VIC also has much more specific installation requirements, including different components with different specifications. For example, admins must install the VCHs on a VMware vCenter Server instance or a stand-alone ESXi host. Additionally, admins must attach all the ESXi hosts in vCenter Server clusters to the image and volume data stores, and they must have access to shared storage so the VCHs can use more than one host in a cluster. VIC also only supports Linux containers.

Microsoft's Hyper-V containers also fall into this category. Again, each container runs in a special optimized VM and each VM hosts one container. The VM retains just enough OS functionality to run the container, which results in shorter startup time and a smaller footprint. Hyper-V containers also support a special booting process that can reduce startup times even further.

Although Hyper-V containers must run in a Windows environment, they support both Windows and Linux containers, something neither Kata Containers nor VIC do. However, Kata Containers isn't tied to a particular vendor, as is the case with Hyper-V containers and VIC, so all that's necessary to deploy Kata Containers is the right Linux distro.

Google gVisor provides a new container security approach

Kata Containers and similar services offer numerous advantages over running containers in full VMs. Because they use lightweight VMs, each container generates a smaller footprint, which results in higher resource utilization. These services also simplify container implementation by eliminating much of the administrative overhead from traditional VMs.

Despite these advantages, even lightweight VMs represent additional overhead when compared to running containers on bare-metal hardware. For this reason, Google created gVisor, a sandboxed container runtime that provides an isolated boundary between the container application and the host OS without requiring a VM.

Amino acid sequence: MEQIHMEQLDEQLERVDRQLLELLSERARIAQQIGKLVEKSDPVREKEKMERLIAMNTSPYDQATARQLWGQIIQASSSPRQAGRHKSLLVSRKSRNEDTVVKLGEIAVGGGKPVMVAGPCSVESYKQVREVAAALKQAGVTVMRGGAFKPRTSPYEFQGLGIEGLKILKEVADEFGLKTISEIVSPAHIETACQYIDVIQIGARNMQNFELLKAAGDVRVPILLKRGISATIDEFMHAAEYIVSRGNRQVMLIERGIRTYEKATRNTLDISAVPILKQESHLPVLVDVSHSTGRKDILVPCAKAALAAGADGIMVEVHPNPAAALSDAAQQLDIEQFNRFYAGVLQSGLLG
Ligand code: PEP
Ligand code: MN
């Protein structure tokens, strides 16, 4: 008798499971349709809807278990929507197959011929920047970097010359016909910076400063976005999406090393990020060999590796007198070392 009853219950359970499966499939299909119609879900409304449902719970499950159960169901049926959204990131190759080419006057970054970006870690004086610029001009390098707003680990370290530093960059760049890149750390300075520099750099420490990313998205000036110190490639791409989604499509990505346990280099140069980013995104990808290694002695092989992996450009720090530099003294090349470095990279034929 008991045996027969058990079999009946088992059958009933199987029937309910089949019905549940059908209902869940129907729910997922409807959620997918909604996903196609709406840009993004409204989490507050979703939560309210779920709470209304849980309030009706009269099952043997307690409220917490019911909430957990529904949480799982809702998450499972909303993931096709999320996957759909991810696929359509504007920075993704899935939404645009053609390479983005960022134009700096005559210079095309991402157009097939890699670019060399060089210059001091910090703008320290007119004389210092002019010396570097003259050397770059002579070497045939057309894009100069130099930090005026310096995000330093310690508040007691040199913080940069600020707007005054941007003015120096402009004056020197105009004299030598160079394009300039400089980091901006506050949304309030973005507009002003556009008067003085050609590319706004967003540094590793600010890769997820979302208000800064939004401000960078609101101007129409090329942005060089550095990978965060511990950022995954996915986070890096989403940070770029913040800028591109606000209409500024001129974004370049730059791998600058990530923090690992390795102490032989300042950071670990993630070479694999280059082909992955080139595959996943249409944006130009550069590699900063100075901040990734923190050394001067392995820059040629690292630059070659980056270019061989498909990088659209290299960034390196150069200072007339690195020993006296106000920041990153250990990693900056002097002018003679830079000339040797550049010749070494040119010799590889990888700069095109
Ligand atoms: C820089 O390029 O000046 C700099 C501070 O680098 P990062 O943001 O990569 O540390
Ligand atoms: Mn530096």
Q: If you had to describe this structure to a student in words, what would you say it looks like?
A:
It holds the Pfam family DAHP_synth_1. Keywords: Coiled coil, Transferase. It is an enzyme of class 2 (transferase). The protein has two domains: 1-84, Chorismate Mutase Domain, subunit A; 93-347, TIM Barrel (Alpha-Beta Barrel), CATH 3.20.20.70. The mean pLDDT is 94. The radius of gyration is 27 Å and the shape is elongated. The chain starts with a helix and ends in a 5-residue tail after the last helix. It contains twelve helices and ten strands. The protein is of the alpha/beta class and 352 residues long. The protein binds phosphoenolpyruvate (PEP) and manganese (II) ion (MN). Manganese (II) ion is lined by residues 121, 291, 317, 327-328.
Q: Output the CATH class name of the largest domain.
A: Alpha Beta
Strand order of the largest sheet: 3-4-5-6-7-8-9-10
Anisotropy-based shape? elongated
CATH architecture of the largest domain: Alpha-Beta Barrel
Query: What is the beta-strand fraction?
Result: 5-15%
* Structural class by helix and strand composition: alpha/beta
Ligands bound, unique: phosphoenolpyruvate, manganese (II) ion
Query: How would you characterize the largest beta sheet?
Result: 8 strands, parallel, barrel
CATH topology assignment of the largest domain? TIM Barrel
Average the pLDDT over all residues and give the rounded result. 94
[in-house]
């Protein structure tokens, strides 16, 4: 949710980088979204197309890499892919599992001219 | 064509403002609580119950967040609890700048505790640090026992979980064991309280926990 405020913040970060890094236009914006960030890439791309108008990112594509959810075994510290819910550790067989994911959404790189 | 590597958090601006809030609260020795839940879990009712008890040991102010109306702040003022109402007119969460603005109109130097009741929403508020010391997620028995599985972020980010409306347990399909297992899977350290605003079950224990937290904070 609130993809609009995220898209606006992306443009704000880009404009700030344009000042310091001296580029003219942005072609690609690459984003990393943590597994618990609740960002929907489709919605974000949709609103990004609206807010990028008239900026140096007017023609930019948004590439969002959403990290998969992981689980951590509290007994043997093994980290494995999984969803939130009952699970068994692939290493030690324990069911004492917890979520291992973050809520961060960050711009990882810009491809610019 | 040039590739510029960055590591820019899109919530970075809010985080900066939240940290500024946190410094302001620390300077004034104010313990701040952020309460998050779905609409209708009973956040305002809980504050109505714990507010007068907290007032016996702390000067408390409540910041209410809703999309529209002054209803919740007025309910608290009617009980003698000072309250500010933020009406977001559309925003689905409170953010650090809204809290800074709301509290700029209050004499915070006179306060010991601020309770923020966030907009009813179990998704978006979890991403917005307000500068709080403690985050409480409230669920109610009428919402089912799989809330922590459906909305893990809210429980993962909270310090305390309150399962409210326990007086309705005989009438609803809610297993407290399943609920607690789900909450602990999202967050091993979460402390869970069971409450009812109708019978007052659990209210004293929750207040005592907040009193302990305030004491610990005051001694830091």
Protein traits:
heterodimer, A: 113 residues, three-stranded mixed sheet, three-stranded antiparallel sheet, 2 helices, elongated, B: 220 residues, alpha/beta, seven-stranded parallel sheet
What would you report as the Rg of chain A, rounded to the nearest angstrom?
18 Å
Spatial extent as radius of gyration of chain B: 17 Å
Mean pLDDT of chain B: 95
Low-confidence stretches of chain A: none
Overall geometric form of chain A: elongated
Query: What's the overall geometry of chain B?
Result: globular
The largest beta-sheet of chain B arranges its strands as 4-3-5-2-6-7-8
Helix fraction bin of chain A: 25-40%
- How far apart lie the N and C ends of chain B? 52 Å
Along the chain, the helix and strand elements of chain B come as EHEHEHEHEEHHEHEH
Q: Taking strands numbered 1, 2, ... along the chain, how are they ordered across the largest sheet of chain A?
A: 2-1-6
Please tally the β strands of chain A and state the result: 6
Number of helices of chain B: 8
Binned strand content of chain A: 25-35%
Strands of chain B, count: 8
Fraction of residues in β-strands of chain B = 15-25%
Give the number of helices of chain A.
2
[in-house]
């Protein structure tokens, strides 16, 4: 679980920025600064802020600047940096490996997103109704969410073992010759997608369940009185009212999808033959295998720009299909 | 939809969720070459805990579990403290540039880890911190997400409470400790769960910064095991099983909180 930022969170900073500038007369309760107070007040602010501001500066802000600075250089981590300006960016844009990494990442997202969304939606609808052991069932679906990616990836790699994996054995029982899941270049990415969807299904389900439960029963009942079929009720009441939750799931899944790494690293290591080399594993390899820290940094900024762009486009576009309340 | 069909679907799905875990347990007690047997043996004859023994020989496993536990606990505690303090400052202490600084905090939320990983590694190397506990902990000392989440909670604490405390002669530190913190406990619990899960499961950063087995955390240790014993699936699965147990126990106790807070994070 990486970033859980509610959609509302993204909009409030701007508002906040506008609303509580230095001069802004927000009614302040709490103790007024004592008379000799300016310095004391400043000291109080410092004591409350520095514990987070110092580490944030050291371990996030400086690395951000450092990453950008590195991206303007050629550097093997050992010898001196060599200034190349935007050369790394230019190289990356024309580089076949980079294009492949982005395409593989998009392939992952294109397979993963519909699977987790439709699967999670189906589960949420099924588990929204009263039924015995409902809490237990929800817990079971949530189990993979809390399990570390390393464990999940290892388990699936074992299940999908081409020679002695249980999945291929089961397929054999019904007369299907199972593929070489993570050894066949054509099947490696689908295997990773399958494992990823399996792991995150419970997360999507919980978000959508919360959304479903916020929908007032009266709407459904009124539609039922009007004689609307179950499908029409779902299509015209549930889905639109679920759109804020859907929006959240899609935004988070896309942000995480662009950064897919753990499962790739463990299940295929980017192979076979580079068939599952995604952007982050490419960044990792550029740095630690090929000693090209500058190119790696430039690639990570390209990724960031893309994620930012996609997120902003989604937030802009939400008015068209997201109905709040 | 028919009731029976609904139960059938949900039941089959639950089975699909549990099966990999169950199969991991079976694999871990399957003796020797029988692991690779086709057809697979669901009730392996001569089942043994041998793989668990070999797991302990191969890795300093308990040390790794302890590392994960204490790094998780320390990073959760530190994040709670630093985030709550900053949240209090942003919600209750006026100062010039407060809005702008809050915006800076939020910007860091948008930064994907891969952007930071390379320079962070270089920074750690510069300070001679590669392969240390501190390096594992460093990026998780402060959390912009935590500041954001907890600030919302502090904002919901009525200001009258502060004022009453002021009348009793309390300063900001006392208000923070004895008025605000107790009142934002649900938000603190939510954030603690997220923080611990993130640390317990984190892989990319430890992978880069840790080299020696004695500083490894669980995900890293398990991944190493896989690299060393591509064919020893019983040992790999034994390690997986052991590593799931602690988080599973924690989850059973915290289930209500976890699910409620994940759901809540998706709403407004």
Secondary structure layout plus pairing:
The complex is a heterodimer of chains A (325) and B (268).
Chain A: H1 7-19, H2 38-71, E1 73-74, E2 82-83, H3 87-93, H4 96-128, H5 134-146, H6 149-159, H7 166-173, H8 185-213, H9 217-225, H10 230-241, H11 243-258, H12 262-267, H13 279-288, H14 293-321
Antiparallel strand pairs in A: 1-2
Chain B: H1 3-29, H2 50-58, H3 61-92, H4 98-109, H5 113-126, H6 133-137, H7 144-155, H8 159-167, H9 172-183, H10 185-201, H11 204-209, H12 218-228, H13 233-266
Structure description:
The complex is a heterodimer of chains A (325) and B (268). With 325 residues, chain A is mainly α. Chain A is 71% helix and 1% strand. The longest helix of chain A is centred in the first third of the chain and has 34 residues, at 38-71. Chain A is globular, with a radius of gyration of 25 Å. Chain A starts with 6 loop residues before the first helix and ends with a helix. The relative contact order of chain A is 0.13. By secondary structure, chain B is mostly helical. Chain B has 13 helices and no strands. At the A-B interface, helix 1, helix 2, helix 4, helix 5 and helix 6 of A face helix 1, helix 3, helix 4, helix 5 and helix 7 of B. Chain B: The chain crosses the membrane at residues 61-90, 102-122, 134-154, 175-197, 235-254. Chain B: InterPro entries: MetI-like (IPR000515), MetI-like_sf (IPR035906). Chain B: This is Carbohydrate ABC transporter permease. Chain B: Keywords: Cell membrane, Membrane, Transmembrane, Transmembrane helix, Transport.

Like Kata Containers, Google gVisor is OCI-compliant and integrates with Docker and Kubernetes. However, gVisor is more flexible and has an even smaller footprint. The gVisor core runs as an unprivileged user space process that supports most Linux system calls. To create the sandbox, gVisor isolates the workloads from the host OS by intercepting those calls and creating an environment that gets its own kernel and set of virtualized resources.

Google based gVisor on technologies already in production and made the service available as an open source project on GitHub under the Apache 2.0 license. The service only supports Linux for both the host OS and guest OS, which means it only supports Linux containers.

Although gVisor is more lightweight than Kata Containers, gVisor can't run all the Linux applications because it doesn't support all the system calls in the Linux system API. Currently, the gVisor project on GitHub shows that only 20 applications and images have been tested.

Containers offer a multitude of benefits, but organizations must have a plan for container security before they can support production workloads. Many data centers deploy containers in VMs to address this.

Virtualization provides a tried-and-true approach toward supporting containerized workloads, and organizations can deploy them with their current infrastructure. However, these full VMs can be inflexible and inefficient, which defeats much of the purpose of using containers.

Services such as Kata Containers employ dedicated, lightweight VMs and can go a long way toward addressing container security, but these VMs still come with overhead. For this reason, many organizations are watching the gVisor project to see whether it will prove a viable alternative to current container tools.

GVisor avoids the VM overhead altogether, but the service isn't as mature as other options. Even so, gVisor has a great deal of promise -- enough for organizations across the container industry to take it seriously.

Dig Deeper on Containers and virtualization

Software Quality
App Architecture
Cloud Computing
Data Center